In the real estate profession, the words “estate executor” come up rather often during conversations with homeowners, attorneys, financial experts and other industry professionals. Then again, there are many individuals who probably have no idea about the important role played by an estate executor who is left to oversee the property and belongings of a deceased friend or family member.
So what does an executor do? Recently, we came across an article on FindLaw.com that went into great detail on this subject. Following is a summary of some of the more important points we highlighted and now wish to share.
- In simple terms, the executor oversees disposition of property and possessions. It’s a large responsibility making sure that a person’s last wishes are granted. The executor is responsible for making sure that any debts and creditors that the deceased had are paid off, and that any remaining money or property is distributed according to their wishes.
- While an executor does not have to be a lawyer or a financial expert, the law does require an executor to fulfill his or her duties with the utmost honesty and diligence. The legal term for this is “fiduciary duty.”
- An executor is not entitled to proceeds from the sale of property of the estate, but is often entitled to a fee as compensation for administering the will. Most states mandate that this fee be reasonable given the size or complexity of the will.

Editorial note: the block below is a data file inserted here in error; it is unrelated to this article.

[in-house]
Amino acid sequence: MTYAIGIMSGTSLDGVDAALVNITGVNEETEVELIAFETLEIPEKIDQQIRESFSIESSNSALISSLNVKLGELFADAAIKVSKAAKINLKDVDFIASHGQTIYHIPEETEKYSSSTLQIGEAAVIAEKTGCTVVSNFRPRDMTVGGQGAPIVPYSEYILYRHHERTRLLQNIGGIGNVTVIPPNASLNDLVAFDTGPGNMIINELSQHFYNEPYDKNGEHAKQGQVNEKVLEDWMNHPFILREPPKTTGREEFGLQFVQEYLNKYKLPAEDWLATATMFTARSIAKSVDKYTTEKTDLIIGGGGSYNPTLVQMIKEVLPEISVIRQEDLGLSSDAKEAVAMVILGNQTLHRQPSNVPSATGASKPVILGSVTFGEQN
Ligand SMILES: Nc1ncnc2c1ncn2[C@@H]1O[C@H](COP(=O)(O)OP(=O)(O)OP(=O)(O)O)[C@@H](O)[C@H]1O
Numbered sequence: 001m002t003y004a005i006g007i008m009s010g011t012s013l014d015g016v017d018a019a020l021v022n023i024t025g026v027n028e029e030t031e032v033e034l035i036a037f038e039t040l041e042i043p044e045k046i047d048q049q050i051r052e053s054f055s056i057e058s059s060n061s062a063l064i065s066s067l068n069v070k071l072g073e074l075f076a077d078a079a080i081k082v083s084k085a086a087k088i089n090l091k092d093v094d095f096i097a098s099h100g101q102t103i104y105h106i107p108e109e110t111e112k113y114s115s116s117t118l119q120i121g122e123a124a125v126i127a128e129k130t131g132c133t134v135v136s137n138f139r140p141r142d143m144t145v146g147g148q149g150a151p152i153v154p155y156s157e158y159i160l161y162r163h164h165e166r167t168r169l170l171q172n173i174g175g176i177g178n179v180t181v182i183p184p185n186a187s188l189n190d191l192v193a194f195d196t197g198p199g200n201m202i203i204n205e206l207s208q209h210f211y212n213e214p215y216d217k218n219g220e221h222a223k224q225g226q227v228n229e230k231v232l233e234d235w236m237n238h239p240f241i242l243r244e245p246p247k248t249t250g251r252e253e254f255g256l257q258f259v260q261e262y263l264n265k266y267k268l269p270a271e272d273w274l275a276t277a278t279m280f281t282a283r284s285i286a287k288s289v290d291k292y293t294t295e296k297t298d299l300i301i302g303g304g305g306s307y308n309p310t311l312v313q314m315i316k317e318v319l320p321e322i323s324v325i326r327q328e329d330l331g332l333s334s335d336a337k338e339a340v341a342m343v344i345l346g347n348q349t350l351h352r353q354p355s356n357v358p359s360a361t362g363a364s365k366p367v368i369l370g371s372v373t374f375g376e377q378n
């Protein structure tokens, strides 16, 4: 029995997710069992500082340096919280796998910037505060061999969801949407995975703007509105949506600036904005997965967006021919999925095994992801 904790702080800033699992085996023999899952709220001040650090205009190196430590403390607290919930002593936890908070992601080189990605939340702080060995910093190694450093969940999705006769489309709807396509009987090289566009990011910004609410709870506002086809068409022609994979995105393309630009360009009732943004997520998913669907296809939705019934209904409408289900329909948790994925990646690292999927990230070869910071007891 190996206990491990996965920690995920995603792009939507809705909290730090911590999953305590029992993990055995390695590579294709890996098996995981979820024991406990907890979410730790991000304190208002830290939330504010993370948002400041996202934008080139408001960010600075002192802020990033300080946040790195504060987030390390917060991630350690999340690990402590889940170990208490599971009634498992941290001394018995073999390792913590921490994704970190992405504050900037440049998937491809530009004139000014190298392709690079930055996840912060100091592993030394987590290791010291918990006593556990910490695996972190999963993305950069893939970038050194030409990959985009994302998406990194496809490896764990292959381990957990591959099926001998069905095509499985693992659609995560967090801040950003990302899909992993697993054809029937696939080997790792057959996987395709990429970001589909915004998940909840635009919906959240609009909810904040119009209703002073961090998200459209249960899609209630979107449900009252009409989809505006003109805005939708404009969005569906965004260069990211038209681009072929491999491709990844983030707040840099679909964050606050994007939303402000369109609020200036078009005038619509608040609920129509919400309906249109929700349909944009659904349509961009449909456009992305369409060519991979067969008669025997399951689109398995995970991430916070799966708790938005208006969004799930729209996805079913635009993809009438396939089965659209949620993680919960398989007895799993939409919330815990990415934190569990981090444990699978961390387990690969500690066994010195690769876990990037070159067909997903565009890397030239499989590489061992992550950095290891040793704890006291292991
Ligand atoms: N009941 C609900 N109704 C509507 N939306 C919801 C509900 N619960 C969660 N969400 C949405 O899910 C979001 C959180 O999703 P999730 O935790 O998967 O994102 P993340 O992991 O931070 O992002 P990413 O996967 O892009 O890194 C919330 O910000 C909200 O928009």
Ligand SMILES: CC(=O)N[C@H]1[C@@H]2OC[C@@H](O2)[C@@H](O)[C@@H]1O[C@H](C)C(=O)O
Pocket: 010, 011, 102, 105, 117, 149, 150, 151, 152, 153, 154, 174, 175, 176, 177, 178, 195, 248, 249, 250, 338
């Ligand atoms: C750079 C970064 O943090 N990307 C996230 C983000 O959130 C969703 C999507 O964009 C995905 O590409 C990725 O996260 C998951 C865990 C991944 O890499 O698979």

- There are many duties that an executor of a will may have to fulfill. These duties could include finding the deceased person’s assets and keeping them safe until they can be properly distributed, deciding if probating the last will and testament in court is necessary, finding and contacting people that were named in a will who are supposed to inherit money or property, making sure the will is filed in the appropriate probate court and wrapping up the deceased’s affairs.
- Other responsibilities may include setting up a bank account for the estate, continuing all necessary payments, paying off debts and creditors, paying final income taxes and ensuring the property distribution of the deceased’s property.
While serving as an executor is not an easy task, it is an honorable endeavor that should be completed to the very best of your ability.